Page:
New Visual Language: Photography Volume 1
hpgrp gallery New York
32-36 Little West 12th Street, 2nd Floor
(between Ninth Avenue & Washington Street)
New York, NY 10014
hpgrp gallery is pleased to host New Visual Language, our newest ongoing series honoring professional Photographers, Videographers and their expressive artforms.
Our first group of professional Photographers are:
New Visual Language will explore what and why we communicate through visual mediums and how the visual professional's talents and point-of-view can affect viewers.
Our first four photographers share the intent in their artwork below.
Show runs through Sunday, December 30, 2007.
A, C, E, L to 14h Street at 8th Avenue
M14 (9th Avenue at 14th Street)
M20 (8th Avenue Abington Street)
M11 (Bethune/Hudson Street)
With reverence for traditional image-making methods as well as new techniques and technologies, hpgrp gallery will show intriguing contemporary works from around the world.
I have a huge interest in the spaces and places we inhabit on physical, psychological and emotional levels. It is this fascination with the decisions we make in constructing the space around us that has led to much of my current practice, from the placement of an object on a mantle piece in a home to the organisation of a shop window display. This work forms an exploration of the home as a site of experience, looking at absence and memory within the domestic environment.
These are images of interiors taken in homes experiencing a period of transition. The owners have moved on leaving behind traces of their lives. The images act as a record of human activity, they are evidence of human inhabitation, signs that we exist.
This series, In Plato’s Cave, is about a world of illusion and belief. The photographs were inspired by the Simile of the Cave in Plato’s Republic. It is obvious that the cave is a metaphor, and there are no bound prisoners - unable to see anything but a distorted reality of shadow figures on a cave wall. But many of us live in our own cave, accepting much that we hear or blindly believing the mass-media version of history and current news events. A reluctance to analyze and use our intelligence toward a quest for what is real will lead to a belief of what appears to be real for each of us.
What each one of us sees in that dark cave is determined by how critical our thinking is and our willingness and ability to use our intelligence to reason. In that text, Plato asks us to consider the possibility that or opinions and beliefs may be based on illusions formed with limited information. Without a curious mind and a willingness to reason, we may accept what we see and hear as truth, believing that the shadows on the wall are complete truth and what we believe will lead us to moral and correct decisions for ourselves and the common good. And in our life, we may be accepting illusions and beliefs as the ultimate truth. Without knowledge, analysis and critical thinking, our modern sources of information - including television, cinema, radio, newspapers and the Internet - may bring us no closer to the truth than shadow figures drawn on the cave wall.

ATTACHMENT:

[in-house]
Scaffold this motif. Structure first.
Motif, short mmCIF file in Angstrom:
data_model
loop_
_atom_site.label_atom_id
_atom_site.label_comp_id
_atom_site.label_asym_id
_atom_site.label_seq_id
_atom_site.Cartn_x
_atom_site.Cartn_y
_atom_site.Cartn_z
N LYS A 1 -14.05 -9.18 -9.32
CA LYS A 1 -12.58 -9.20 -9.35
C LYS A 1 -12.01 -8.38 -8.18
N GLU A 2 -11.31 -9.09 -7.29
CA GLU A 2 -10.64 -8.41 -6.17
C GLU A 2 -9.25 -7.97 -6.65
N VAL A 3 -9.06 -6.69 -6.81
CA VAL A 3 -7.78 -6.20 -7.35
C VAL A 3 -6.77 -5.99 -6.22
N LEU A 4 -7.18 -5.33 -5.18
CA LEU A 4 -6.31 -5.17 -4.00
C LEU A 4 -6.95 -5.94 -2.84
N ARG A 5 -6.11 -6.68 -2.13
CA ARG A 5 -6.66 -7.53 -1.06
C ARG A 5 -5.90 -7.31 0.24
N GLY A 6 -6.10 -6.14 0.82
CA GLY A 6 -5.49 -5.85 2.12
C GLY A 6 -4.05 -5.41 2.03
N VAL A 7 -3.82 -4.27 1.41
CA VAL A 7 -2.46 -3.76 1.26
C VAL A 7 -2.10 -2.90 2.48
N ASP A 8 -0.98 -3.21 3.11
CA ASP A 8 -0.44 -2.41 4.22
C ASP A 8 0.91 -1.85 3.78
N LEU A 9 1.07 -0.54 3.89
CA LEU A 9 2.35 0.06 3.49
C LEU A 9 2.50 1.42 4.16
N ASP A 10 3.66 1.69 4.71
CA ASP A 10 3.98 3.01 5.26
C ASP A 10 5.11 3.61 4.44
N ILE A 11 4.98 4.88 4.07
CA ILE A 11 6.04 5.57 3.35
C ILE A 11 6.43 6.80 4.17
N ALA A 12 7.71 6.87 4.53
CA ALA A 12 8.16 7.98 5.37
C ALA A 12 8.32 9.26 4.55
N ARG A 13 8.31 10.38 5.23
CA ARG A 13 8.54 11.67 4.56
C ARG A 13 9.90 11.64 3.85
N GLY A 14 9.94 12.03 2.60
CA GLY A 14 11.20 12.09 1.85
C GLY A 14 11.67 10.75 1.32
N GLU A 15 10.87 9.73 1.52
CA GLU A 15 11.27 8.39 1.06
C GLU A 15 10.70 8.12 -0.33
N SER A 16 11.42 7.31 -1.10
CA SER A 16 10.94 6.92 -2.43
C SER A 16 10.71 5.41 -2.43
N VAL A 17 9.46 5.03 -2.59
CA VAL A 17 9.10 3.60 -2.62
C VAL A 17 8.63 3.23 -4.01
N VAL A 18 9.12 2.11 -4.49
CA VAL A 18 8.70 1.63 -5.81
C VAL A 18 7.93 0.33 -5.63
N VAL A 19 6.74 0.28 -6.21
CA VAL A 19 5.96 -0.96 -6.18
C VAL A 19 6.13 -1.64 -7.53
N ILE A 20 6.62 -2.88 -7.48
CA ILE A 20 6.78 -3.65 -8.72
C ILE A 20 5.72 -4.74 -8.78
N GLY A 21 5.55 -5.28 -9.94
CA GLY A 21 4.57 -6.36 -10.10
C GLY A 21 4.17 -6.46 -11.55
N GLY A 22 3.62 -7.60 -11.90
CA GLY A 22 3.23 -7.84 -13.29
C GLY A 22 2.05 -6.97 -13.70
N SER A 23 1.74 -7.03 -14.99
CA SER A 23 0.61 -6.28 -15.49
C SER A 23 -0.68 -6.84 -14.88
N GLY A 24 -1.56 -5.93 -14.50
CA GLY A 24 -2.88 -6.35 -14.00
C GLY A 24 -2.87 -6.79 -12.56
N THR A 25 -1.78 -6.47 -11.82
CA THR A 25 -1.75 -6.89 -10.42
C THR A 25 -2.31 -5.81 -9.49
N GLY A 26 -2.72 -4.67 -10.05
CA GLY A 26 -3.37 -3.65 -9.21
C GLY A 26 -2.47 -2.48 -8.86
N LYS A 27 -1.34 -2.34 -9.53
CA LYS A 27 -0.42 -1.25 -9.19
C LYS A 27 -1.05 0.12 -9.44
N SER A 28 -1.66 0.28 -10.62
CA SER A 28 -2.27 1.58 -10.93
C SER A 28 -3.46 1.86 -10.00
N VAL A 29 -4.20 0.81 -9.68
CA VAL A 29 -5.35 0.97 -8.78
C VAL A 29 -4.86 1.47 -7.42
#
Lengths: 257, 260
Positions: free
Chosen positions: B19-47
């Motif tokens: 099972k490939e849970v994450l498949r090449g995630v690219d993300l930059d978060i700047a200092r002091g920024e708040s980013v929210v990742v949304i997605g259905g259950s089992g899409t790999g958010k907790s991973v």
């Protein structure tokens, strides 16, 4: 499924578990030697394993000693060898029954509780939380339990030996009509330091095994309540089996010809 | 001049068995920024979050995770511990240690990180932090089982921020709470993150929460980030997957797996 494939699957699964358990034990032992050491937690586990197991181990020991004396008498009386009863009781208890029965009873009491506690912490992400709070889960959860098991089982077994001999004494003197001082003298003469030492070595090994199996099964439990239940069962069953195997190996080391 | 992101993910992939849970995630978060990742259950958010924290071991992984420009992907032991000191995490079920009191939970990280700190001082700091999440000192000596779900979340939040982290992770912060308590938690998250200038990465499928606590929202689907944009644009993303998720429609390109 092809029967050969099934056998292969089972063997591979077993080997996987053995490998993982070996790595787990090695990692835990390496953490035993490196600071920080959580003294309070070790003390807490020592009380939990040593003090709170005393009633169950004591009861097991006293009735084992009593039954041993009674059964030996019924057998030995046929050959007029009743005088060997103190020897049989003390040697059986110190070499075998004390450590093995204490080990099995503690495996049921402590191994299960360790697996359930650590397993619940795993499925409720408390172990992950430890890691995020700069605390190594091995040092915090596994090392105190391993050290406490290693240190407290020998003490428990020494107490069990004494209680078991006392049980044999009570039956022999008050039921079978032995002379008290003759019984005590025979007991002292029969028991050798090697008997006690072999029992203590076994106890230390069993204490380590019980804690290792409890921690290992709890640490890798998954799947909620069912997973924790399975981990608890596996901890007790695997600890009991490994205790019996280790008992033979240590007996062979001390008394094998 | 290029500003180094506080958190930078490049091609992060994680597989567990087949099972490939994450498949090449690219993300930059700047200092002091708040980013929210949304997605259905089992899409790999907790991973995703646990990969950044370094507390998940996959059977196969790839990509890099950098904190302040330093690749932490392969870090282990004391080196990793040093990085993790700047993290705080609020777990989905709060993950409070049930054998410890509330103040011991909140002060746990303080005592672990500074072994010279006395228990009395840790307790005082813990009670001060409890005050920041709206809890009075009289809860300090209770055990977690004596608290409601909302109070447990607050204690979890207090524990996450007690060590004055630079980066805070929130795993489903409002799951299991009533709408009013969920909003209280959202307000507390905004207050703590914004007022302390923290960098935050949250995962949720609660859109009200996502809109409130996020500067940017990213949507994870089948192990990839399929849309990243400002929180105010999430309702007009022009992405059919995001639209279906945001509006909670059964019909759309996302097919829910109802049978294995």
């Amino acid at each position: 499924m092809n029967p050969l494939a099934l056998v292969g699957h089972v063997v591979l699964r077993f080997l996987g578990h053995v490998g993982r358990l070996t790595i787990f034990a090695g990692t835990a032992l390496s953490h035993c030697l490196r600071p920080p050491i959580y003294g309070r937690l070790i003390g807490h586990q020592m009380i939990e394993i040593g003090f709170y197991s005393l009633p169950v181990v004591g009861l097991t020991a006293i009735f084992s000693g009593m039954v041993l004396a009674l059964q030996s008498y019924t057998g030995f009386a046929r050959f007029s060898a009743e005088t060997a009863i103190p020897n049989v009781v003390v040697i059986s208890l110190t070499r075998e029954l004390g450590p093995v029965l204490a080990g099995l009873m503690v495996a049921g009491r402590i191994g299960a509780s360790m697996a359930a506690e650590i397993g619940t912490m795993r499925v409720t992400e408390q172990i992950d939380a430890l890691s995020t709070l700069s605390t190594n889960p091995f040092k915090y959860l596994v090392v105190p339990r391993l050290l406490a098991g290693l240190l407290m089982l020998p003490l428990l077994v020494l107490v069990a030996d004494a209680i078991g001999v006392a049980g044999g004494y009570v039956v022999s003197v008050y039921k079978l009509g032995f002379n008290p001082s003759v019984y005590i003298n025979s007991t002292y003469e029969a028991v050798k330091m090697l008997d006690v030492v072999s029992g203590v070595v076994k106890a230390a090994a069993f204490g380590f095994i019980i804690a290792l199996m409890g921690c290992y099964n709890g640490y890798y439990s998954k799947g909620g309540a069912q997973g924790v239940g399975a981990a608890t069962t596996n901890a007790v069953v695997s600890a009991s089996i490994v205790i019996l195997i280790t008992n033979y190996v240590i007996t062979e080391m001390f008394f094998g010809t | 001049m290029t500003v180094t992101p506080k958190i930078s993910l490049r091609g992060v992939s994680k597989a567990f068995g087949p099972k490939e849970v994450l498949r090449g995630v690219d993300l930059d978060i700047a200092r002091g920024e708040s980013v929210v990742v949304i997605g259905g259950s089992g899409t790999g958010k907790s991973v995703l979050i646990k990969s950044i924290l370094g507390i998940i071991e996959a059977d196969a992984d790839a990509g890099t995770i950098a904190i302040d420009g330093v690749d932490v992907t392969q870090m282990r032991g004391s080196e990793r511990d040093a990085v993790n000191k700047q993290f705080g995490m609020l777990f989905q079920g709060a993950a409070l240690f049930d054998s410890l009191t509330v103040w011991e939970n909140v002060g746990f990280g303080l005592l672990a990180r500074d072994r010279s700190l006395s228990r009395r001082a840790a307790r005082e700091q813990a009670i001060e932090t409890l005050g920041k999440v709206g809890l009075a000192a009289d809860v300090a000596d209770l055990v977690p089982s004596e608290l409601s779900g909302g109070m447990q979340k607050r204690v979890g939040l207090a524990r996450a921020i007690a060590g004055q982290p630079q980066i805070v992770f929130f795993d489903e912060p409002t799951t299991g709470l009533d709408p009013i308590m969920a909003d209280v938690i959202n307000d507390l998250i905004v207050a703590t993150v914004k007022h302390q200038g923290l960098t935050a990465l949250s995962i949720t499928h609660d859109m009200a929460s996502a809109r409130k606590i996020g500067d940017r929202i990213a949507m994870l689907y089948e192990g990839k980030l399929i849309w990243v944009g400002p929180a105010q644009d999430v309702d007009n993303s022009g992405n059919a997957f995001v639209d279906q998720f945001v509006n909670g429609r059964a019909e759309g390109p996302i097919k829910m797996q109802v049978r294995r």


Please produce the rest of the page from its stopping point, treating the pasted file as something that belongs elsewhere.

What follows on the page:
Volume is an ongoing project documenting bound periodicals and professional journals in public libraries. Most of these publications are being replaced by their online counterparts, and in many cases the printed versions are no longer bound. Several titles photographed in the process of this project have been removed from the stacks due to space and budget constraints. Searching endless rows of these utilitarian texts, I am struck by the physical mass of knowledge and tenuousness of printed works as they fade from public consciousness.
The act of hunting for and photographing these objects is fundamental to my process. I do not touch, light, or manipulate the books and words - preferring to document them as found in the stacks, created by the librarian, and positioned by the last unknown reader.
The irony and graphic quality of repeating titles fascinate and draw, no matter how mundane, from known to obscure, from Vogue to Blood. I focus on simple, provocative titles that transcend the spines on which they appear.
Seldom do we think of our aging population as a surprise, innovative, contemporary, and much, much less as sexually active. All of our life we work and drive ourselves to a point where we can rest, relax, and create an environment to reflect. Elderly relatives with outposts in places like Florida or Arizona have always served as a staple and welcome refuge for visitation and companionship. But these communities are much more than the familiar stereotypes of early-bird dinners and sansabelt pants we know from brief visitations, from what we see cinematically or through sitcoms on television. Retirement is a manifestation of people’s dreams, an end all be all, a goal - a culmination; and even more than that, it is the American Dream.
Perhaps the most influential person in my life, my hero, is my grandfather Poppy. He is currently 95 years old, and happily married to my Grams for almost 68 years. They walk the streets in hand, exchange in healthy debate, and encourage each other to be better. Their relationship is my definition of all other definitions, and despite their age and physical limitations they demonstrate an inconceivable amount of youth. They are an instant smile, everlasting grace, and the very definitions of love and success. They treat others as they would like to be treated, listen with both ears, are always open to new ideas, laugh when appropriate, cry when necessary, and live each day to its fullest. They are ironic and unexpected joy, dispensing at will a lifetime of knowledge. They are my pedestal.